Hoey Examines Success of Semi-Directed Land Reform in Bolivia

Hoey Examines Success of Semi-Directed Land Reform in Bolivia

Lesli Hoey, Assistant Professor of Urban and Regional Planning, wrote an article addressing land reform in the online March 2016 edition of the Journal of Planning Education and Research, titled “No Monuments, No Heroes”: How Accidental Planners Established Bolivia’s Flagship Land Reform Project through Spatial, Facilitated and Adaptive Strategies.

In her research, Hoey both reviewed historical literature and conducted interviews to learn about a  project that was led in San Julian, Bolivia between 1972 and 1984, by what Hoey describes as “accidental planners.” This process differed from what had become known as “directed” land redistribution – where planners from national governments, the United Nations and other institutions completely controlled all aspects of new settlements – or “spontaneous” forms of land reform, where landless families established homesteads without government support.  The “semi-directed” effort Hoey studied successfully blended top-down and bottom-up approaches to land reform.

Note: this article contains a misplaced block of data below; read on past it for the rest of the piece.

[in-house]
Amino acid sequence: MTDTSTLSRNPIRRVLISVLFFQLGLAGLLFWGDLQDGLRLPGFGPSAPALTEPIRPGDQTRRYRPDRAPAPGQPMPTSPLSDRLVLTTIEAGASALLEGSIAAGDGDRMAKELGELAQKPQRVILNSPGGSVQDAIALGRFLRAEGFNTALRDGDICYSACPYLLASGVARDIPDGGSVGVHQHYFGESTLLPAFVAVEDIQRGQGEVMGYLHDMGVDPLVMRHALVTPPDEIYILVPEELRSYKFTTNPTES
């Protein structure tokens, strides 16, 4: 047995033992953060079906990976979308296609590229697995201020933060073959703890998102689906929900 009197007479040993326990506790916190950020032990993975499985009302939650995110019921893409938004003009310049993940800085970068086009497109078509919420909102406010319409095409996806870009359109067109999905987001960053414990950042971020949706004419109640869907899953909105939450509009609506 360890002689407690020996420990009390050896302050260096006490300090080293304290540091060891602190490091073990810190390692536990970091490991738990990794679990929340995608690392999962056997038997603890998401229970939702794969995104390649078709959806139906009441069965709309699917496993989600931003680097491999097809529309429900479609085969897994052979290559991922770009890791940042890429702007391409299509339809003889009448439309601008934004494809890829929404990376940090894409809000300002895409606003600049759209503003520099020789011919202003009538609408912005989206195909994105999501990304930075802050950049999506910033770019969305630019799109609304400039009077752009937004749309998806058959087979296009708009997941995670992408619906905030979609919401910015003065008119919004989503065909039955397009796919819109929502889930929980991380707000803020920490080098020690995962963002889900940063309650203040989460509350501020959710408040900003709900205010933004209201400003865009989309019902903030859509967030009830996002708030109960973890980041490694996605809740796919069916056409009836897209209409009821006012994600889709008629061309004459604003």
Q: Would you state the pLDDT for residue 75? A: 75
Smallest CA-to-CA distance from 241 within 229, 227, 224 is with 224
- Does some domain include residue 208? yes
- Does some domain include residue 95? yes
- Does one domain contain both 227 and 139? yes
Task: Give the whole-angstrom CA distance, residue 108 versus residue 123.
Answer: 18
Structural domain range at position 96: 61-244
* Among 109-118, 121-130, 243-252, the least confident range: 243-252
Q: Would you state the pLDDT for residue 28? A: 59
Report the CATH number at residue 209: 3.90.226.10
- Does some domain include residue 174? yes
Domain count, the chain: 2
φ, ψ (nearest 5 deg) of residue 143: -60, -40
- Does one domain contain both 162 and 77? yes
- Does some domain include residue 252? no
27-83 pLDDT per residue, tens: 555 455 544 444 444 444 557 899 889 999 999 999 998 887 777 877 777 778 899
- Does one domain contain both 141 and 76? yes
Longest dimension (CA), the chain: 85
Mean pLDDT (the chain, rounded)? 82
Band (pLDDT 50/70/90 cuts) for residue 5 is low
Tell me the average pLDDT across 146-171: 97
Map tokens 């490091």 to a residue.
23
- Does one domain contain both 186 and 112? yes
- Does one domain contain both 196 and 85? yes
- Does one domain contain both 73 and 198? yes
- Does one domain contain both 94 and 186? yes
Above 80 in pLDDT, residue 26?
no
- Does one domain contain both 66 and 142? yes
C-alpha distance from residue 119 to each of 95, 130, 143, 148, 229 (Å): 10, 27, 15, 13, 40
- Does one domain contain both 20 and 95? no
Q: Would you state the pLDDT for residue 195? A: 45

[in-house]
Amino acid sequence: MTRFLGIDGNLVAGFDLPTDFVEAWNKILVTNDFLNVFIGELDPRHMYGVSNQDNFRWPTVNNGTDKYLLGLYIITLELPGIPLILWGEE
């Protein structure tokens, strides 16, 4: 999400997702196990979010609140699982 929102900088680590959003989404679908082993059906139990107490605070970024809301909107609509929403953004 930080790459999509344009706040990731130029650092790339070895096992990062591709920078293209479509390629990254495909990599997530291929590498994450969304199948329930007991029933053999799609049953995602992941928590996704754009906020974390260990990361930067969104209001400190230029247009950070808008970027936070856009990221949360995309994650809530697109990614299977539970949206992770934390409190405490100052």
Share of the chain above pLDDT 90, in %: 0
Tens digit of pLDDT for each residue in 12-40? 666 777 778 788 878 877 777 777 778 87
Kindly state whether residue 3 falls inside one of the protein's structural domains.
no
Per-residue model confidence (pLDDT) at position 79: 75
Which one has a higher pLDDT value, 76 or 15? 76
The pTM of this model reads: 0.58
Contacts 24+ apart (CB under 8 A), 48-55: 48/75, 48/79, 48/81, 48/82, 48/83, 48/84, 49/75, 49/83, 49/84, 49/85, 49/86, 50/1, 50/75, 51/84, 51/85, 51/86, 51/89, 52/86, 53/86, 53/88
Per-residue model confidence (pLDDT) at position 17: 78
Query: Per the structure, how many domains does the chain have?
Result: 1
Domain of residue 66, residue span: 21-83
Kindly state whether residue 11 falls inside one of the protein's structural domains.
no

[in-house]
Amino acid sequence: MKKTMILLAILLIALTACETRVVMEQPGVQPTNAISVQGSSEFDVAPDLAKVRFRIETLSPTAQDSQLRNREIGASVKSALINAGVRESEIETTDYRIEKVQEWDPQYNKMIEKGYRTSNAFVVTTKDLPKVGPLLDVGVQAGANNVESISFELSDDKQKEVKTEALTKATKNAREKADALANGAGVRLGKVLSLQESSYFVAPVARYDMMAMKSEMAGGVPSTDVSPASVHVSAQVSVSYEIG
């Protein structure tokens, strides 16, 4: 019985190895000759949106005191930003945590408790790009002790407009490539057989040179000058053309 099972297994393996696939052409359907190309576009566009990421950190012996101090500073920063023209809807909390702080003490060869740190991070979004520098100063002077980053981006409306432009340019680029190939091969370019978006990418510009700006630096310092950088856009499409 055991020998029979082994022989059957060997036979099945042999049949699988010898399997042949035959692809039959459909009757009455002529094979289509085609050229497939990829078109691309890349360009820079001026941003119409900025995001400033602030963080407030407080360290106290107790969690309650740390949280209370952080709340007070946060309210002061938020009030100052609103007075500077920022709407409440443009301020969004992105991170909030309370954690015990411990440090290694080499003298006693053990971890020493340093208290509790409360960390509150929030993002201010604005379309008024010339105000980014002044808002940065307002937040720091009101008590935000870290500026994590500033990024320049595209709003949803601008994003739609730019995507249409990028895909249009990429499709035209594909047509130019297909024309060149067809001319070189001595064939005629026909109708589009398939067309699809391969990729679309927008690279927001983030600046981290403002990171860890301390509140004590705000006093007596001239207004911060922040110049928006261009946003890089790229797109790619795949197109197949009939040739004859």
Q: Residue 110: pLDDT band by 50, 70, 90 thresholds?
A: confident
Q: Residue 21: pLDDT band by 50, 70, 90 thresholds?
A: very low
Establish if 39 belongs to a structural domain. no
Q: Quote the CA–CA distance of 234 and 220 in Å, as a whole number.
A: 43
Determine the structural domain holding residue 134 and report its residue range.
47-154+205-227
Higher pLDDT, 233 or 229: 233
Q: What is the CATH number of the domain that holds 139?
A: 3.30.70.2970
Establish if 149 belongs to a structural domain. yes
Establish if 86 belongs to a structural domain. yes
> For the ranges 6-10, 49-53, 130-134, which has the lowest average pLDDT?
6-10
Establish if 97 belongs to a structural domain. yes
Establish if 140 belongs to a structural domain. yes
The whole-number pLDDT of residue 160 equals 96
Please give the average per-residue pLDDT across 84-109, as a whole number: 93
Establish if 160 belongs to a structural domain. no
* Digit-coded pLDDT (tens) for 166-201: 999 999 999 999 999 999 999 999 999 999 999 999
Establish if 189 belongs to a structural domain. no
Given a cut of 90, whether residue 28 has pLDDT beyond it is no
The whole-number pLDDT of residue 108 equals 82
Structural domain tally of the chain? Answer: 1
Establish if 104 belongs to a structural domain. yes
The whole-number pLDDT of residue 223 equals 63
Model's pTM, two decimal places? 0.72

Hoey highlights three major factors that were crucial in this effort: a comprehensive training and orientation process, a spatial design that maximized social engagement, and an implementation process that intentionally built upon successive settler knowledge and experience. Community members were encouraged to take leadership throughout the process, building a strong sense that the settlement was led by the community, and not by outside “heroes.” Despite the apparent success of this land reform effort, Hoey notes that it hasn’t been used as a template for other, ongoing projects.  She encourages other land reform planners to use this and other case studies in furthering their practice.

For the full article, please go to:

Faculty: Lesli Hoey ,